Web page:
JANUARY 9, 2014 BY
If you haven’t been following along in the YVSC Live Simply Challenge, read all about it here.
This post submitted by Sam Jones, YVSC Advisory Board
Living Simply and Personal Finance are terms not often found in the same sentence. Personal finance is everything but simple, right? Beyond the inherent oxymoron, some would argue that choice is not always an option especially when we are living hand to mouth with every paycheck. I’m going to push back on that concept and suggest that choice is always part of the equation. Living a simple financial life is about personal discipline and planning, whatever your level of income. Simplicity arrives when that nagging sense of not having enough money slowly dissipates and it all comes down to modeling your own spending behavior to accommodate your current income. If your income increases, you can make adjustments to the spending model. We call this living within your means. You’ve heard this before – we do not plan to fail, we just fail to plan, so here’s a quick and simple financial plan for everyone to live by in 2014.
The 50/20/30 rule
50% of your gross income (no more, preferably less) should go to essential expenses. These are the things we must pay – taxes, rent, food, gas, utilities, etc. If your essential expenses are above 50% of gross income measured annually, then you are living beyond your means. You’ll need to make some tough choices; sell your house and rent? Refinance your mortgage? Use public transportation more? Cut your tax bill (see below).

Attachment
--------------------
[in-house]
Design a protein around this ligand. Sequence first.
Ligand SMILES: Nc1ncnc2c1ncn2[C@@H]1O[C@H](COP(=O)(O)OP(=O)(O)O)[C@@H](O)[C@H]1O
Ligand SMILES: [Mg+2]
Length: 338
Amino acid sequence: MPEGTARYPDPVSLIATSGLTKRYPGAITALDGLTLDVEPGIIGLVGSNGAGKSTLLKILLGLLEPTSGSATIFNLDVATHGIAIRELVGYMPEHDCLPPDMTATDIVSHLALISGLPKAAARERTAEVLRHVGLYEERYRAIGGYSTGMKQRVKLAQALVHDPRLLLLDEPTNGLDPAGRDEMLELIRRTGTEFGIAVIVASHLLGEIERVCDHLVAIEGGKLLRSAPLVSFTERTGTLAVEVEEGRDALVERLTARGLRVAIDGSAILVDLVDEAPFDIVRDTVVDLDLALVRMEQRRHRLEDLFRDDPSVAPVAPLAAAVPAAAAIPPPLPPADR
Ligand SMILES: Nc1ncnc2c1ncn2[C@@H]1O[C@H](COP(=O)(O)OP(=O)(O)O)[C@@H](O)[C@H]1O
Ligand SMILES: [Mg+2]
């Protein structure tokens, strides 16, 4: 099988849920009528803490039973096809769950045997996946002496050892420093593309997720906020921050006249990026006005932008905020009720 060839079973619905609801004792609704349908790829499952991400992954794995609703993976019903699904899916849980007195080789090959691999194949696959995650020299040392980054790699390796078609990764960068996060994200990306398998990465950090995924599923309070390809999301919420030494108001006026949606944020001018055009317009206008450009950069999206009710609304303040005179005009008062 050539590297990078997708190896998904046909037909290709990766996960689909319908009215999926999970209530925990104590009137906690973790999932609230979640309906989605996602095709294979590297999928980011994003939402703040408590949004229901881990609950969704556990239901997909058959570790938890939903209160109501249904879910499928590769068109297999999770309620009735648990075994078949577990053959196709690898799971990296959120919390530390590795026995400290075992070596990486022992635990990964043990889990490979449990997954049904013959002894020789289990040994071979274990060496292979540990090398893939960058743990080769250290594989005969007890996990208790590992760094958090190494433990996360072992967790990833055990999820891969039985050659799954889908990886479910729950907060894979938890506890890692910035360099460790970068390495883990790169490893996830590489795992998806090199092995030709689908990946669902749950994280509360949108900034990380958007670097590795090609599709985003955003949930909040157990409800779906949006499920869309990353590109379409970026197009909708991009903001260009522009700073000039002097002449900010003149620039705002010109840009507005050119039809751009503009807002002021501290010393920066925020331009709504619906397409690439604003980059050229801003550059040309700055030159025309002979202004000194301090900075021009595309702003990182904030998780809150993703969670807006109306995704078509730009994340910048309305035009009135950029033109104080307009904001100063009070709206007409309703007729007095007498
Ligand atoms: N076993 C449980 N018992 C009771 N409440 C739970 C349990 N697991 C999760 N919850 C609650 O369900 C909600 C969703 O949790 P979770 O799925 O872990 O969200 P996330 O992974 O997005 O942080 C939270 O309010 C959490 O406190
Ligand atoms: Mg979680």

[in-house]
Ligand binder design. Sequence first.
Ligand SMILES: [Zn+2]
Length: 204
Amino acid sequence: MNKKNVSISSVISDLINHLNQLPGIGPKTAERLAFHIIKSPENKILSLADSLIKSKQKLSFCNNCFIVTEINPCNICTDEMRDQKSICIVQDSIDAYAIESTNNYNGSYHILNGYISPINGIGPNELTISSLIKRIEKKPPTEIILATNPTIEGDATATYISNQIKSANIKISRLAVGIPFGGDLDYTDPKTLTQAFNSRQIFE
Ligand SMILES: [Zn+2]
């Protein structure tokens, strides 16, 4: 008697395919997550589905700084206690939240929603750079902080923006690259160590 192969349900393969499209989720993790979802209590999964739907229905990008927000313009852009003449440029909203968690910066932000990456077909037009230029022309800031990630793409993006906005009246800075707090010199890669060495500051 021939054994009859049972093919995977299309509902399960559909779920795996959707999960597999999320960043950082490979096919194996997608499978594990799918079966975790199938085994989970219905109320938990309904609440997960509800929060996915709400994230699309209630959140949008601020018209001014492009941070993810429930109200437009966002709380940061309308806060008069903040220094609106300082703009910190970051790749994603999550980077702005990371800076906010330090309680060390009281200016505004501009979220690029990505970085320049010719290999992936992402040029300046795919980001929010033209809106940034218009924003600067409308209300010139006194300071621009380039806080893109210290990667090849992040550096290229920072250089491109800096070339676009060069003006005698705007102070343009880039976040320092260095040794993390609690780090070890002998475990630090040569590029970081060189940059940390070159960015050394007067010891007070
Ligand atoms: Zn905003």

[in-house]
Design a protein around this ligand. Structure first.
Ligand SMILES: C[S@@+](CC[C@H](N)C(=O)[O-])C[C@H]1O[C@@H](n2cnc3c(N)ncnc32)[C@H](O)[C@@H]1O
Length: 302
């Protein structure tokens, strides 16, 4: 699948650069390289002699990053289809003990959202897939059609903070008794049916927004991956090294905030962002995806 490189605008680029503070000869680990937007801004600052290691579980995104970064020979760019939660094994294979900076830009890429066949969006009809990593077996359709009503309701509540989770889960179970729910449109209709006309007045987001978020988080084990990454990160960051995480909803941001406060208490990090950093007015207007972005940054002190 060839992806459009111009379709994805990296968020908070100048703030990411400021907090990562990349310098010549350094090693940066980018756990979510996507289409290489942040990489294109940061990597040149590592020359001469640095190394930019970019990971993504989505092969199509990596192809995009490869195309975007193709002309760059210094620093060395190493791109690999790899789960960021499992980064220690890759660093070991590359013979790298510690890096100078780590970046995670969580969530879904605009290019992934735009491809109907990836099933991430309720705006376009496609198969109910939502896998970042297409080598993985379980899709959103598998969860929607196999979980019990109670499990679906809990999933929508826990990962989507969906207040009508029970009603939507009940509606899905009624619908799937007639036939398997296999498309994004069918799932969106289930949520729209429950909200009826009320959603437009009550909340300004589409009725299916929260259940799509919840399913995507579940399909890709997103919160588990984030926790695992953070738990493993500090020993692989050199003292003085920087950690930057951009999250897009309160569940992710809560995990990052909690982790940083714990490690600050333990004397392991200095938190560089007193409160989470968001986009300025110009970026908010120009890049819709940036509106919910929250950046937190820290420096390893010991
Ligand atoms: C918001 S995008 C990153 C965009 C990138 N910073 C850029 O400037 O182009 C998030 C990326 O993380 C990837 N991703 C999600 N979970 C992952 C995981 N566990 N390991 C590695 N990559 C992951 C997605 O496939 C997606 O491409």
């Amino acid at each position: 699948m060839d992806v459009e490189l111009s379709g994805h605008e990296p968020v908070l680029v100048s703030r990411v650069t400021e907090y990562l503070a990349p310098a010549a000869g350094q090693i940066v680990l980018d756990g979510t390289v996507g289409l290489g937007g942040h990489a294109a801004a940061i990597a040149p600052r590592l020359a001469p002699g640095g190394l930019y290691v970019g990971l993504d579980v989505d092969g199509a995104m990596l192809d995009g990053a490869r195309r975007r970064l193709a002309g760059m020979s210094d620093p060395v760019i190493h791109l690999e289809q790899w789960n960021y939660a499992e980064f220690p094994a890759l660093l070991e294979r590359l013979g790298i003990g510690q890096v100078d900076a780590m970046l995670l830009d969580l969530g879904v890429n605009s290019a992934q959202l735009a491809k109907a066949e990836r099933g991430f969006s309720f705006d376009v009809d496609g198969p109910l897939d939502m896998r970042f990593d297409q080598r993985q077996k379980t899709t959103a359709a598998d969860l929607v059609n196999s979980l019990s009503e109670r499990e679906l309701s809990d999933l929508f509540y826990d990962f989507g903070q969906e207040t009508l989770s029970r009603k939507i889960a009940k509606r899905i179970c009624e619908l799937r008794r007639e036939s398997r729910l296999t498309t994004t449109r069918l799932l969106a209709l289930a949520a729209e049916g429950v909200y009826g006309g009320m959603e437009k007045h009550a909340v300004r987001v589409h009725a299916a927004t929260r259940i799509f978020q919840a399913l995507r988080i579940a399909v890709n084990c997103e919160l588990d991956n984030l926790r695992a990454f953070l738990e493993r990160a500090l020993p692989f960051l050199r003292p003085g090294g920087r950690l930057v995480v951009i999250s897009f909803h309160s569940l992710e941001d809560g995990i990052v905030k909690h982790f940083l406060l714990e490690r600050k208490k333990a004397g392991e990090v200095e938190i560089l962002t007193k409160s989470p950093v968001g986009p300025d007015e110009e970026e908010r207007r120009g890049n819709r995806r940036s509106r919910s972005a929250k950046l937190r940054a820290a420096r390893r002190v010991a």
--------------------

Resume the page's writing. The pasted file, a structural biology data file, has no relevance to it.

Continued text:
20% of your gross income should go to financial stability. This is your savings and investment pot providing solvency in the future. Do it every month. Do the math. Do it. Deductible contributions to an IRA or company 401k plan save you tax dollars ,don’t forget. Parents with children, start a Colorado 529 plan, contribute to it and get the state income tax deduction. Contribute to a Health Saving Account (also deductible) for yourself. Pay yourself not the IRS! Extra money available goes into this bucket if you are staying within the spending limits.
30% of your gross income CAN go to lifestyle choices. But keep it limited to 30% or less. This is the fun stuff; Eating out, a ski pass or that sick pair of Armadas, massage or personal trainer. Maybe the trip to Sonoma or biking in Fruita. 30% is the max however and a reward (of sorts) for sticking to your spending model with the first two categories. If you don’t have enough, this is the category that becomes discretionary.
There ya have it – a personal financial plan for each and everyone one us. Work hard to follow the rule, measure your spending and stay disciplined. In one year, you’ll find your financial life has become quite simple.